Though the Grinch tries to be creepy and scary, the Whos in Whoville make the holidays merry. When the Grinch attempts to steal Christmas from the Whos, their spirits stay bright and their hearts stay true.
The Dr. Seuss tale of a bitter, grouchy, cave-dwelling creature who hates Christmas, and all those who love it, has stood the test of time. What began as a book in the 1950s, and became a beloved animated TV movie in the 1960s is still enjoyed by children and adults today. Jim Carrey starred in a live-action film in 2000, and the current iteration — in its 10th year — is the stage production of “Dr. Seuss’ How the Grinch Stole Christmas! The Musical.”
The tale is told by Old Max (played by Bob Lauder), the Grinch’s loyal dog. Old Max takes the viewer back to when he was a young pup (Young Max is played by Andreas Wyder) and the Grinch (played by Philip Bryan) comes up with his “wonderful, awful idea” of stealing Christmas from the Whos. The original rhyming phrases in the book are intertwined with lyrics by Timothy Mason and music by Mel Marvin.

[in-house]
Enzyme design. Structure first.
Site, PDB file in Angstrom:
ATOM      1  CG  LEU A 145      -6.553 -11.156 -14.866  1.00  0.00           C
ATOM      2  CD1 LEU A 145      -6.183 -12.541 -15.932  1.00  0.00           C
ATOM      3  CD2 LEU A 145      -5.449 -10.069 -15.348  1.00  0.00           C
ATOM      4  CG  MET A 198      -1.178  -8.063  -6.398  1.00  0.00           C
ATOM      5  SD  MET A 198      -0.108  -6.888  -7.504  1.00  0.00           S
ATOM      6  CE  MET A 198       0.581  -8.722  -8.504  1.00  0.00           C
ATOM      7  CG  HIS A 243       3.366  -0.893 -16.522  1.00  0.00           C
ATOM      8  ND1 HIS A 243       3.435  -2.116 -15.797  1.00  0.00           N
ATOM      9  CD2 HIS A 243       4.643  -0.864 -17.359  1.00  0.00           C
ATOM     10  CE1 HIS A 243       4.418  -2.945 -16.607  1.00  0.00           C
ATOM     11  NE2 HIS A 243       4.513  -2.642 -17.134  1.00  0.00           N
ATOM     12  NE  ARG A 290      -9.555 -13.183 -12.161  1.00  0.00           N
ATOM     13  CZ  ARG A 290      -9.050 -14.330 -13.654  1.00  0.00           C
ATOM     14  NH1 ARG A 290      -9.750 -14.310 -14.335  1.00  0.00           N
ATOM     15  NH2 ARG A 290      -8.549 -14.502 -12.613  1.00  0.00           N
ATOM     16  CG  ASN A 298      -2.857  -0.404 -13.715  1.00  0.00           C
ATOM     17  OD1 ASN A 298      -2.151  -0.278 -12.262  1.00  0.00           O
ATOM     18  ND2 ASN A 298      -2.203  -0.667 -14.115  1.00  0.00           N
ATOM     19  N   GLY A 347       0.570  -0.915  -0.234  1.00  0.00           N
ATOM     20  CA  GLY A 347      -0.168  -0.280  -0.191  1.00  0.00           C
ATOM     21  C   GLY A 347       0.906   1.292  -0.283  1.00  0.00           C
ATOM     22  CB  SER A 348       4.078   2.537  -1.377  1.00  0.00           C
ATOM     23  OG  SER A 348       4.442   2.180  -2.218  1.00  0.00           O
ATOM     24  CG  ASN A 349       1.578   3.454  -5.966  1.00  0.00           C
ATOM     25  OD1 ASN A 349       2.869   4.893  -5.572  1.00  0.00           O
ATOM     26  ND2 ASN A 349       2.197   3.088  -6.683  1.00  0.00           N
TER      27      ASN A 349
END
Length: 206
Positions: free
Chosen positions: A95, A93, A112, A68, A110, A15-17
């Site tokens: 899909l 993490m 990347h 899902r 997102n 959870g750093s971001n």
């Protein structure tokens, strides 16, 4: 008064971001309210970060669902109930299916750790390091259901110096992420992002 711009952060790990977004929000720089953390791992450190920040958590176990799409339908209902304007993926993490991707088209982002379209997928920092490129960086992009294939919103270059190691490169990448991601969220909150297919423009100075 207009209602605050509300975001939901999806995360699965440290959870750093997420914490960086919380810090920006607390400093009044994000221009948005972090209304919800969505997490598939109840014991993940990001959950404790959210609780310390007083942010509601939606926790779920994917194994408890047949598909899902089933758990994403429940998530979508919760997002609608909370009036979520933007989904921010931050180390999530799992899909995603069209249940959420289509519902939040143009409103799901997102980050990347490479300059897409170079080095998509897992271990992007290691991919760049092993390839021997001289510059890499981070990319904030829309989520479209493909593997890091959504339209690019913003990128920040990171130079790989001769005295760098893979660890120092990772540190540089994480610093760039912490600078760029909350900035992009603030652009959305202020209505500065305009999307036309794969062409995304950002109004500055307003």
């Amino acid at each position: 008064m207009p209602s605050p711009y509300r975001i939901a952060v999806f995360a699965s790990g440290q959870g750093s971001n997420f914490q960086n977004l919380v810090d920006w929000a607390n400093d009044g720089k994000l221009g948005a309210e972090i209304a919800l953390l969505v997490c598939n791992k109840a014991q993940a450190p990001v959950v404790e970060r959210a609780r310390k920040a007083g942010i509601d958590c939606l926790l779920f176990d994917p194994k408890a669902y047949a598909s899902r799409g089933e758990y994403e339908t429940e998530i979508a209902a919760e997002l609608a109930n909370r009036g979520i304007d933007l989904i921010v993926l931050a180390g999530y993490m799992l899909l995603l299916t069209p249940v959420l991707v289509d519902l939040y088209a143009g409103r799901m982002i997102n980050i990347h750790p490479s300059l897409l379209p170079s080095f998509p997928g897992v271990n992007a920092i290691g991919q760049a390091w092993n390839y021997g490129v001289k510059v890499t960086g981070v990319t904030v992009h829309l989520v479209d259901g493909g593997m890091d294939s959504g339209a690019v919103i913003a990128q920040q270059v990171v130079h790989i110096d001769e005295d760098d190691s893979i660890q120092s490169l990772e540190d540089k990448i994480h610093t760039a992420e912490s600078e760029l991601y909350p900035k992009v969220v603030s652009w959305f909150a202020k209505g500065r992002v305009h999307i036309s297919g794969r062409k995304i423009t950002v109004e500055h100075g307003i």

The Whos, with their bulbous bodies dressed in pink and red, and the furry, long-fingered Grinch in shades of green, are a bright contrast to the flat black and white line drawings Dr. Seuss was known for, which are incorporated into the minimal sets
The show is brought into the 21st century with little touches throughout Whoville, such as a shopping bag from boowhomingdales, a coffee cup from Whobucks, a refrigerator marked General Wholectric, and a scene featuring the Grinch singing “One of a Kind” where he swaggers and struts across the stage and shouts out #grinchlife. This is one of the best songs in the show, and displays the acting and singing skills of Bryan as the over-the-top creature whose heart is two sizes too small.
As the Grinch tries to be formidable and mean, he ironically shows fear of the Who children, especially the bossy and sassy Cindy Lou Who (alternating performances by Julia Rose DiPiazza and Danielle Guilbot). Cindy Lou starts to melt his frozen heart when she serenades him during “Santa for a Day.” The Grinch, dressed as “Santy Claus,” exclaims to the audience, “Oh no, it’s a ballad.” There are several tongue-in-cheek moments when the actors break the fourth wall.
The 90-minute show with no intermission crams in a lot of surprises, including a sing-a-long of “You’re a mean one, Mr. Grinch,” several scenes including puppets, and a wintery wonderland effect not to be missed.
This laugh out loud and family-friendly show is ultimately about cherishing friends and family at the holidays, and realizing that “maybe Christmas doesn’t come from the store?” as the Grinch finally comes to understand
“Dr. Seuss’ How the Grinch Stole Christmas! The Musical,” runs at The National Theatre in Washington through Dec. 31.
If you go
Buy tickets at thenationaldc.org.